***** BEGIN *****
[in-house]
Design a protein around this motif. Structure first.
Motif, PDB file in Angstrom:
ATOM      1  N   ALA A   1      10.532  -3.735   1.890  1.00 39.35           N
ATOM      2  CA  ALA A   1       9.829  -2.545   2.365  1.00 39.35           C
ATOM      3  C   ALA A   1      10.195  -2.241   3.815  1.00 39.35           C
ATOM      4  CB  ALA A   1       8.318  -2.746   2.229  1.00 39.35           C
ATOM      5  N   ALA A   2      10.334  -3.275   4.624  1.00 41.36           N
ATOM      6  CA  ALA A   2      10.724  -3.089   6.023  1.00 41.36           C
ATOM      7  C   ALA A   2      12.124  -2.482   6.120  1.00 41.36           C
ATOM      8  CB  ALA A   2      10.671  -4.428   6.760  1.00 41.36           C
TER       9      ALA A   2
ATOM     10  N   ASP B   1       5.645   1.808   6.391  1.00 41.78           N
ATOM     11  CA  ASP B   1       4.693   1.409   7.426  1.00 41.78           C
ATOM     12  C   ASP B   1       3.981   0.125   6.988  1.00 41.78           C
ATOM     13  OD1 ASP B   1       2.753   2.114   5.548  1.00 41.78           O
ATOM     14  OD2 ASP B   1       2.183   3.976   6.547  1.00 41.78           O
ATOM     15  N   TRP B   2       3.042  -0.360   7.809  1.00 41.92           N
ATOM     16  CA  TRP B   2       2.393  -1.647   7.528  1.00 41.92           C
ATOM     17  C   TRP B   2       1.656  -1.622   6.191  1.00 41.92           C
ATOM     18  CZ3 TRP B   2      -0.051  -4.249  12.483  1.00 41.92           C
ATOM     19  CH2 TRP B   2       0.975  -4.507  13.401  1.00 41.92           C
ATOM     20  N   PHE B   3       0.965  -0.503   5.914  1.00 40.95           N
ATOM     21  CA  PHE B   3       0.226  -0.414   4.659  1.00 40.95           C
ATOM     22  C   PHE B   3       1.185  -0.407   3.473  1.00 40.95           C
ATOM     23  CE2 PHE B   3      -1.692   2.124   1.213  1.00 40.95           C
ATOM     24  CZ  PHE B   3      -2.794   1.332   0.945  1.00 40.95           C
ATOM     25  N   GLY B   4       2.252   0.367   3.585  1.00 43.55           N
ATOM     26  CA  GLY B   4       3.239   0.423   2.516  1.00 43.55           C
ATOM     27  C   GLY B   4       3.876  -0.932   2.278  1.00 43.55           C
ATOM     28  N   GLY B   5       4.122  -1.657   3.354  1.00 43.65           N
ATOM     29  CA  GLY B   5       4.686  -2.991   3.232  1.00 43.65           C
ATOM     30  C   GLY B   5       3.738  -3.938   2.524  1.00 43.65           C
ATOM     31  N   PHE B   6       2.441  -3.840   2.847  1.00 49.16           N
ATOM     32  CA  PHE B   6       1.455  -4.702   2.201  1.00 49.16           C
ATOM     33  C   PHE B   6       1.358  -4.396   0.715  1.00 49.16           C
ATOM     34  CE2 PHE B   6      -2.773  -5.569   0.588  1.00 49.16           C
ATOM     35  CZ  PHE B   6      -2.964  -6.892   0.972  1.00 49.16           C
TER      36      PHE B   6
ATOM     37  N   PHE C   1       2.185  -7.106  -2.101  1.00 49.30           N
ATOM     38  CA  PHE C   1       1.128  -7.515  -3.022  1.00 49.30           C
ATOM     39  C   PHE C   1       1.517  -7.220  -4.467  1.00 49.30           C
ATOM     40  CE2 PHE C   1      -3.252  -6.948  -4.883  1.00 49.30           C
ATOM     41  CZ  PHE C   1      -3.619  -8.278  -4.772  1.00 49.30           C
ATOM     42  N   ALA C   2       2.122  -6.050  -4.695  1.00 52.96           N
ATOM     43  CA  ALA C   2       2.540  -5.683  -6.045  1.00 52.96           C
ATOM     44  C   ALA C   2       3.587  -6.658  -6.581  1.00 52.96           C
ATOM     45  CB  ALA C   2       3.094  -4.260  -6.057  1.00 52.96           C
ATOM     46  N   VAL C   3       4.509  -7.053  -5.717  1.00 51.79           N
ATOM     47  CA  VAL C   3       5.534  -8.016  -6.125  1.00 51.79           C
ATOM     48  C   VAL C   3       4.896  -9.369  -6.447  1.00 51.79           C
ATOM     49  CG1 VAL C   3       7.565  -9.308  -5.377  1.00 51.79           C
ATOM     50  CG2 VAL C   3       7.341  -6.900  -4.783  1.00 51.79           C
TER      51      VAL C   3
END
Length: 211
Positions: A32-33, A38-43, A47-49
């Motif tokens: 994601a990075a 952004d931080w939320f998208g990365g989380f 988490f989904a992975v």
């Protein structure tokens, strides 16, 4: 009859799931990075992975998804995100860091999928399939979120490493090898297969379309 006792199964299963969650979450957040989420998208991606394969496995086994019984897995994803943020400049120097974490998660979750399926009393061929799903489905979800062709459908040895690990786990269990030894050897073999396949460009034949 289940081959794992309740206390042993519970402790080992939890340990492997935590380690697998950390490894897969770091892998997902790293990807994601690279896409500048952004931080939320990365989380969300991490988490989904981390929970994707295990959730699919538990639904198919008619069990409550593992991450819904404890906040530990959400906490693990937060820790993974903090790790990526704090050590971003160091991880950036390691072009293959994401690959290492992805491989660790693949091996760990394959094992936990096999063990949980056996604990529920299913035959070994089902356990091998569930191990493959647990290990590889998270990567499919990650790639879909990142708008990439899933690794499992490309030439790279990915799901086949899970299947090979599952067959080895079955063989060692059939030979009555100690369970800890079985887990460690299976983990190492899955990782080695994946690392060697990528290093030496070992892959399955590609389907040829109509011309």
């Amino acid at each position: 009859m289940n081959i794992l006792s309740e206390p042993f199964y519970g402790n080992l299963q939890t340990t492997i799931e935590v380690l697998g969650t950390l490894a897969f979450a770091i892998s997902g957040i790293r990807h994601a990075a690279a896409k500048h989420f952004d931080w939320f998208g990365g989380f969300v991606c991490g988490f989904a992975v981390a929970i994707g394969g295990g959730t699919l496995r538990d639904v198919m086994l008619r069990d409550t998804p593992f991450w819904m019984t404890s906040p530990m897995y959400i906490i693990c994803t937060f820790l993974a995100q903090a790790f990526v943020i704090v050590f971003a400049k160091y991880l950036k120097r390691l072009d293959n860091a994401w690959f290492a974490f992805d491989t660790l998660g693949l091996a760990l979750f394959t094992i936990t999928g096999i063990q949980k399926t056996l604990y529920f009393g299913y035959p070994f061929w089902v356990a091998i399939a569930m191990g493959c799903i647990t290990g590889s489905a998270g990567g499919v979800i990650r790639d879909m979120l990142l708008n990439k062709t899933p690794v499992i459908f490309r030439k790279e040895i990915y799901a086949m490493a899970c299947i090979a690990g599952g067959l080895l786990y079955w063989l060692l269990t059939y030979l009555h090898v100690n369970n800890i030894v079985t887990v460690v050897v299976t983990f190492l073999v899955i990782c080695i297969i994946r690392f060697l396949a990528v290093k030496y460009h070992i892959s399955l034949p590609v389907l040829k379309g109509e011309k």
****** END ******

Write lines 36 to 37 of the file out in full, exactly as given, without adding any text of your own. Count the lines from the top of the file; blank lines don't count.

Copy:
ATOM     33  C   PHE B   6       1.358  -4.396   0.715  1.00 49.16           C
ATOM     34  CE2 PHE B   6      -2.773  -5.569   0.588  1.00 49.16           C